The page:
“The consolidation of employees from different departments that were doing HR (human resource) functions was completed over a year ago, and this is merely a name change to better describe the current function of the department,” County Boards and Commissions Administrator Paula Morikami wrote in an email.
No immediate or long-term costs, including employee salaries, would be incurred by the proposed changes, Morikami said.
Kauai Mayor Bernard Carvalho Jr., who is up for re-election this year, said his administration has made it a priority to revamp the Department of Personnel Services. The restructured Department of Human Resources, he said, will help the county avoid future litigation cases, including those involving employee misconduct, while providing training and advancement opportunities for current employees.
“It would actually be the heartbeat of our county, because it’s where the new employees come into our department, and the existing employees get opportunities for more training and movement, so there’s this whole shifting on thinking and how to ring in the new and get them excited about government and then look what we have internally and give opportunities,” Carvalho said in a The Garden Island interview earlier this month. “I felt that, once we start doing that and get more attention, there will be a better attitude to the people.”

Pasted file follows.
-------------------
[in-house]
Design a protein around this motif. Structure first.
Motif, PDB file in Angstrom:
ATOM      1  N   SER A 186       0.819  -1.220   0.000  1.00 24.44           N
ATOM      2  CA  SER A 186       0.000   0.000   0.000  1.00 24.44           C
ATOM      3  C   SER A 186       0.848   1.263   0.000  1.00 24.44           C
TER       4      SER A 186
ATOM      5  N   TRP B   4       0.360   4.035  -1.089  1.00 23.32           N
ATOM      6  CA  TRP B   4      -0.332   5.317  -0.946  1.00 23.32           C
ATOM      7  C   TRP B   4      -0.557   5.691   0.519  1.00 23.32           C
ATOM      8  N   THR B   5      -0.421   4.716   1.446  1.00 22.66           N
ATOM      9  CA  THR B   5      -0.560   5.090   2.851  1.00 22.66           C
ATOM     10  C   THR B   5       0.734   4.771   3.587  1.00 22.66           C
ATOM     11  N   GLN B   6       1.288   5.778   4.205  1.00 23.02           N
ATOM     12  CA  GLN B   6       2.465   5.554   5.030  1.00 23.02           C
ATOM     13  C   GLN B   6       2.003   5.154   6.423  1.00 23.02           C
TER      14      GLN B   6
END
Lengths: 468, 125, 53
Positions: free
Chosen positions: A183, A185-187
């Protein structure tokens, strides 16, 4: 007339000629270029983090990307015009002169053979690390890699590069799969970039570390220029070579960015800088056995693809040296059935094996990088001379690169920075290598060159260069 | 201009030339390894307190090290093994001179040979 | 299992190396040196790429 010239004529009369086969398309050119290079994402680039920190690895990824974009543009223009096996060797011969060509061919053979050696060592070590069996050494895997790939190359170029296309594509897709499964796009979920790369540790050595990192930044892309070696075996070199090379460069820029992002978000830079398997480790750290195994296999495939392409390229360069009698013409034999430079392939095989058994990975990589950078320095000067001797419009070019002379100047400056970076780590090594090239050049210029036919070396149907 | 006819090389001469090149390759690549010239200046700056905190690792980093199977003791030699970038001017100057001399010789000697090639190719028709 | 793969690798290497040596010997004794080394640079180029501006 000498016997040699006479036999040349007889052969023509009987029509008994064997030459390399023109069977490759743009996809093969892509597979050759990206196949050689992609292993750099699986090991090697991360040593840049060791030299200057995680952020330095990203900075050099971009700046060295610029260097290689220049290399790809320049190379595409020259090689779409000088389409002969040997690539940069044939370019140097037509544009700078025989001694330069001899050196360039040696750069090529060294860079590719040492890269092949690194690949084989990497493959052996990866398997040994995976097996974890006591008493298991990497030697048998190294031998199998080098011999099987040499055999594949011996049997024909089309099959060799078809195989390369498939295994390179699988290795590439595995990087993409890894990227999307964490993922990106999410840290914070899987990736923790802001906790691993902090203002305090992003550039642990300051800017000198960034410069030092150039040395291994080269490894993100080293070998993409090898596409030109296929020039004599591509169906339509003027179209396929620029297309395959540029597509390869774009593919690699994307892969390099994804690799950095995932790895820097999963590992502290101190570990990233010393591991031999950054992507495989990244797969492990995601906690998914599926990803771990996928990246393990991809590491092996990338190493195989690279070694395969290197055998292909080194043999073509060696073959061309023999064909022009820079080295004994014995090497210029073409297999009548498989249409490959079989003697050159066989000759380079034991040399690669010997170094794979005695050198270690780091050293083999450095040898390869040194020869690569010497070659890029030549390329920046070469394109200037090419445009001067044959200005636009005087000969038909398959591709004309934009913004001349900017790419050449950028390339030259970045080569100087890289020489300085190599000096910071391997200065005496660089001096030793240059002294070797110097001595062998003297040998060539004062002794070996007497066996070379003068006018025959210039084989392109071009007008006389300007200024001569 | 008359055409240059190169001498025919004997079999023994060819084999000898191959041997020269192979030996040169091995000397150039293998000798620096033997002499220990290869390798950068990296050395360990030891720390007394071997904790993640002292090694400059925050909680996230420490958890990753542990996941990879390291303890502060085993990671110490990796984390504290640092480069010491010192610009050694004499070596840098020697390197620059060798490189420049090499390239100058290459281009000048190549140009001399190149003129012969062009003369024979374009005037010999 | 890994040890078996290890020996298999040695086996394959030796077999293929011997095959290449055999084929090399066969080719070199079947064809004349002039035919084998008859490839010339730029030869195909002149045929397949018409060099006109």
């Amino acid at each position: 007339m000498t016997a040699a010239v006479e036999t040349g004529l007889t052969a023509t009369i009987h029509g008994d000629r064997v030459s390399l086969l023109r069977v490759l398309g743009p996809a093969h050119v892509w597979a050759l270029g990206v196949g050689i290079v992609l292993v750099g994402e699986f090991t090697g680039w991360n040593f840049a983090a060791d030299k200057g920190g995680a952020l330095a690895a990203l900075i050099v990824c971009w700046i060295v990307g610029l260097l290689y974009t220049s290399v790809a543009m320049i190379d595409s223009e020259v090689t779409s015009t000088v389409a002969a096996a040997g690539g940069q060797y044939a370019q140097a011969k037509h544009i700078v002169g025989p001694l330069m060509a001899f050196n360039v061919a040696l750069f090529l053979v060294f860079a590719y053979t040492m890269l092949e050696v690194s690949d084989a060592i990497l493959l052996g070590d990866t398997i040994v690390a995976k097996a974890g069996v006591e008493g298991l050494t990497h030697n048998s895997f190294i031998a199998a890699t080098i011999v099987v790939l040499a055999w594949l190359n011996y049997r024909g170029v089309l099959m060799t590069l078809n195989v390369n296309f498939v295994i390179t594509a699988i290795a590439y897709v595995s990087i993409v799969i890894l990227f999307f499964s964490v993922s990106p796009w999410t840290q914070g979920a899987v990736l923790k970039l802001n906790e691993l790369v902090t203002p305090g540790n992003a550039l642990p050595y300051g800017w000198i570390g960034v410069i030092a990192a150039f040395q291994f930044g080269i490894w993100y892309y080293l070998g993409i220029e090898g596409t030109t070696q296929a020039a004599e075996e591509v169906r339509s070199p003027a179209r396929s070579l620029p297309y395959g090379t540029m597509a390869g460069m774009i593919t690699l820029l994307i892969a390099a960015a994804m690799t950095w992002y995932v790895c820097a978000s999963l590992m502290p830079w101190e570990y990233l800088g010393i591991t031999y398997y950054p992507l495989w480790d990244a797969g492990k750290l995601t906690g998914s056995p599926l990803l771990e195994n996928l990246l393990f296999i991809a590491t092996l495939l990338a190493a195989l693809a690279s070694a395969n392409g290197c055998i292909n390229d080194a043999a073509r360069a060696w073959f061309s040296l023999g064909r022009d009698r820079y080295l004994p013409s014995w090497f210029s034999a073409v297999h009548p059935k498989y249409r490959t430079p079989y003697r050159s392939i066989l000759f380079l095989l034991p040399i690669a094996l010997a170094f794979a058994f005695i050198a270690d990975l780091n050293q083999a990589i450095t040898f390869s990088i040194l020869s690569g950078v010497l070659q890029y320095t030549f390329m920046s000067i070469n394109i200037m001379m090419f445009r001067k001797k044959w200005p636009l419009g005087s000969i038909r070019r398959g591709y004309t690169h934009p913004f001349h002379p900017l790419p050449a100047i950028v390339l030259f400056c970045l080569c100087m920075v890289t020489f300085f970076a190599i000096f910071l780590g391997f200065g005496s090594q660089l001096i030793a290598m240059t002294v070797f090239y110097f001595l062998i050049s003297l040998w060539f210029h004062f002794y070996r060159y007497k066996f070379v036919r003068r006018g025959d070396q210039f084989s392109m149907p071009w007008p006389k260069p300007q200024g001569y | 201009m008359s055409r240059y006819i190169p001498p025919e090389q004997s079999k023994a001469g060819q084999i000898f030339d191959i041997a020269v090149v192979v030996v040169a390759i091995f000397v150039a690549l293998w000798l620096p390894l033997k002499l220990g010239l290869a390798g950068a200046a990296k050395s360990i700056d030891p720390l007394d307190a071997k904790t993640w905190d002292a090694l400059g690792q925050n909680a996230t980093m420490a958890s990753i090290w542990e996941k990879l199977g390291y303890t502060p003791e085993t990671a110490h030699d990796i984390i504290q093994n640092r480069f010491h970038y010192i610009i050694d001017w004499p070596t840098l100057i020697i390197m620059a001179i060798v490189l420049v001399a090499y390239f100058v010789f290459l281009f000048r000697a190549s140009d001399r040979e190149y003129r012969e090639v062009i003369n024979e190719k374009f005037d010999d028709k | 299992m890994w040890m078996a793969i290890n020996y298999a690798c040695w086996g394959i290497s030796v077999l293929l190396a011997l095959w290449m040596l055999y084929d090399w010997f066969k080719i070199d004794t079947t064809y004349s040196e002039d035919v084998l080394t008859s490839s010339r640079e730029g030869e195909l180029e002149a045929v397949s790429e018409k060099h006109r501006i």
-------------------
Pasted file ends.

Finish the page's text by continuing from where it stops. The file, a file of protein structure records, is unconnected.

Kauai County Councilman Ross Kagawa, who is also up for re-election this year, disagreed and said the mayor’s administration can reduce future liabilities by following some business practices used in the private sector, such as establishing clear and robust consequences for mismanagement or recurring mistakes.
Kagawa said he wasn’t in favor of the proposal and worried that future costs may be incurred by the changes.
“I believe that some of the mistakes that are made are preventable, so when these mistakes are made by managers, there must be consequences for these managers for messing up or handling cases inappropriately,” Kagawa said. “You can have all the training you want, but because there are no consequences when managers screw up or make mistakes, where we’re punishing them with leave without pay, firing, or terminating them when mistakes are made, then you’re never going to fix the problem.”